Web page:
Jury Convicts 3, Clears 2 in Mexican Mafia Case;

November 10, 2001

Jury Convicts 3, Clears 2 in Mexican Mafia Case;
Court: Mixed verdicts in a six-month trial cap prosecution by the U.S. attorney of more than 40 defendants.


The U.S. attorney’s office wrapped up its prosecution of more than 40 accused Mexican Mafia members Friday with a mixed bag of verdicts against five remaining defendants.

A federal jury in Los Angeles cleared all five of taking part in a 1998 shooting rampage that left three people dead and two wounded at a Montebello auto body shop.

The murders formed the basis of federal racketeering charges carrying a maximum penalty of life in prison.

But the same jury convicted three of the five of separate conspiracy charges that could put them behind bars for up to 20 years. Of the 43 Mexican Mafia suspects indicted in 1999, 39 have been convicted. Aside from the two people acquitted Friday, one suspect was cleared and freed shortly after being indicted. Another is a fugitive.

“We’re disappointed that the jury didn’t see the murder side of the case the same way we did,” U.S. Atty. John S. Gordon said Friday. “But it was the jury’s job to evaluate the evidence presented, and we accept their verdicts.”

The jury foreman, a 54-year-old air traffic controller who asked not to be named, faulted the prosecution’s chief trial witness, Max Torvisco, a college dropout-turned Mexican Mafia leader.

“We found him to be out and out lying about the murders,” the foreman said. “As soon as we caught him lying, he was dead meat, and so was the prosecution’s case.”

Torvisco was one of the defendants indicted in 1999. At the time, he was serving as second in command to the top-ranking Mexican Mafia leader in Los Angeles.

Hoping to avoid being tried under a recently expanded federal death penalty act, he volunteered to testify against his fellow gang members.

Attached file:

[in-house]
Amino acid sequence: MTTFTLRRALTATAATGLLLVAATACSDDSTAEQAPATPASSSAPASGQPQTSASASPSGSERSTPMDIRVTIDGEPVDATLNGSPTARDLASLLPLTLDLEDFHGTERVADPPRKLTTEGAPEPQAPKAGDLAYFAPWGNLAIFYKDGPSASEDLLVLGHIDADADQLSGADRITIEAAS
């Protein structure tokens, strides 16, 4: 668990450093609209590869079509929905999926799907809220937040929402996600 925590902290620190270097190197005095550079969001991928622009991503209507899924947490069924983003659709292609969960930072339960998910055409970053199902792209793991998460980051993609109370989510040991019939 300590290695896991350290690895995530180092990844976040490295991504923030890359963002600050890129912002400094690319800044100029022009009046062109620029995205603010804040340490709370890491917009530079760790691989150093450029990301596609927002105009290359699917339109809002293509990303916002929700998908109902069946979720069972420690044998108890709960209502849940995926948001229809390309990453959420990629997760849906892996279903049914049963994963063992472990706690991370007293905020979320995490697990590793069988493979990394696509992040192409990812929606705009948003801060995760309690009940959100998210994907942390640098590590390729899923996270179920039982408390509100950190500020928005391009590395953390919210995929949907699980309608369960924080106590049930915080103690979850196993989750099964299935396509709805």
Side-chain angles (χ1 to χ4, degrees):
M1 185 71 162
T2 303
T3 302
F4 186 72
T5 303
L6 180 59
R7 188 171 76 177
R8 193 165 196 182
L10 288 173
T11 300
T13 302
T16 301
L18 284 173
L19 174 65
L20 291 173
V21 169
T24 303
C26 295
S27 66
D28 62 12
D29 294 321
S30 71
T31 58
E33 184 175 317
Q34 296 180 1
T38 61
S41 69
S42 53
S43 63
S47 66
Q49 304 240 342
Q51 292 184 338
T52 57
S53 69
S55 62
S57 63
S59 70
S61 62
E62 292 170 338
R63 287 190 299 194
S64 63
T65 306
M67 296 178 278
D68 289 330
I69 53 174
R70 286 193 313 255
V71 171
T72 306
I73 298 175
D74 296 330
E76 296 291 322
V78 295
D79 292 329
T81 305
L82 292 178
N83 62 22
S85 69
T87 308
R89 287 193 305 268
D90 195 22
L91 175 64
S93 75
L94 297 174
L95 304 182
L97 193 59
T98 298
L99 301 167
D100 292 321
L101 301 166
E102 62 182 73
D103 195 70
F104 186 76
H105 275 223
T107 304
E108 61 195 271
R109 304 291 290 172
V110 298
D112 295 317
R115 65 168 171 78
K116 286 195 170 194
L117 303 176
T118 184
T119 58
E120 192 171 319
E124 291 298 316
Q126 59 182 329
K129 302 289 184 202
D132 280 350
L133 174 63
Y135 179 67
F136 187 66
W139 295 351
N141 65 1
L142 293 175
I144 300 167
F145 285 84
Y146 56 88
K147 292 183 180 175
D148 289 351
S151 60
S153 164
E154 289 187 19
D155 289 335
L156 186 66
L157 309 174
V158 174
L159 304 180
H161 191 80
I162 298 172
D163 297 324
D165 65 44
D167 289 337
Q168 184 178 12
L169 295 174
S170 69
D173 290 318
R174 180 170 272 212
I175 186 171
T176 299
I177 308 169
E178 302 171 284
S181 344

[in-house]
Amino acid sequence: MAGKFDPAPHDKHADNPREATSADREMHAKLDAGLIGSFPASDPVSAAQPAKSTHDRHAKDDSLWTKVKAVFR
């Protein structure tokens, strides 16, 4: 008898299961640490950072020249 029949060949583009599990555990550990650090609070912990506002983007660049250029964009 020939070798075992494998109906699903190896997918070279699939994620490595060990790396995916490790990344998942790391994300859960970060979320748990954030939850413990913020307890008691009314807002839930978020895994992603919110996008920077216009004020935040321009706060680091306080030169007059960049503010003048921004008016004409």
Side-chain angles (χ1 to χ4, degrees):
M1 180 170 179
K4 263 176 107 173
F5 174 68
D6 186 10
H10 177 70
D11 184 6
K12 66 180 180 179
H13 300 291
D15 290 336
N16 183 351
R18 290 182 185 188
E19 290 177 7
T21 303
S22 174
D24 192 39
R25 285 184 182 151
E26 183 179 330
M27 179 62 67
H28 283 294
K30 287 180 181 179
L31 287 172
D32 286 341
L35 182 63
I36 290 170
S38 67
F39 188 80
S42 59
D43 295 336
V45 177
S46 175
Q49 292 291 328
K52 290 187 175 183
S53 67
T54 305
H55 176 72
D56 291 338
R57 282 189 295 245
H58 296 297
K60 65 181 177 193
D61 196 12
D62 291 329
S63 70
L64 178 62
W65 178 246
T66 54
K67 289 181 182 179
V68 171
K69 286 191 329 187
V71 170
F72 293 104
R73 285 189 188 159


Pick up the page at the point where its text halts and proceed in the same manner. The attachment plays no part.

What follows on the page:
This was the third trial in which Torvisco had taken the stand for the prosecution. Much of his testimony involved interpreting hours of coded conversations between Mexican Mafia members that were secretly taped by law enforcement.

And although jurors in the other cases expressed some doubts about his credibility, this was by far the sharpest attack to date.

Friday’s verdicts capped a six-month trial that included 30 days of deliberations.

Acquitted of all charges were Gerardo Jacobo, 21, and Mario Castillo, 22, who have been held without bail since their arrests two years ago.

Marcelo Arevalo, 26, Daniel Bravo, 28, and Robert Mercado Jr., 27, were each found guilty of conspiring to commit racketeering and conspiring to distribute narcotics, crimes punishable by up to 20 years in prison. Arevalo was convicted on a separate charge of conspiring to peddle drugs while behind bars.

U.S. District Judge David O. Carter, who has presided over all three Mexican Mafia trials, set sentencing dates in January for those convicted.

The highest-ranking gang member convicted after the indictments was Mariano “Chuy” Martinez, 43, who prosecutors said orchestrated the Montebello murders and ordered hits on 10 other people. Martinez was prosecuted under the federal Death Penalty Act, but a jury spared him, deciding instead on a life term.

Founded by gang leaders from East Los Angeles in the late 1950s, the Mexican Mafia, also known as La Eme (Spanish for The M), became a powerful force inside California’s prisons and on the streets, where it enforces its will through kil#i*ggs and beatings.

Widely feared, the organization taxes neighborhood street gangs in the barrios for the right to operate and traffic in drugs. Inside the state’s prisons and jails, La Eme controls the flow of drugs.

In many respects, the organization has sought to imitate the traditional Italian Mafia, requiring recruits to show their loyalty by carrying out kil#i*ggs and adopting a code of conduct governing personal relationships.

About 3,500 Mexican Mafia members and blankociates are housed in California state prisons, according to corrections officials.

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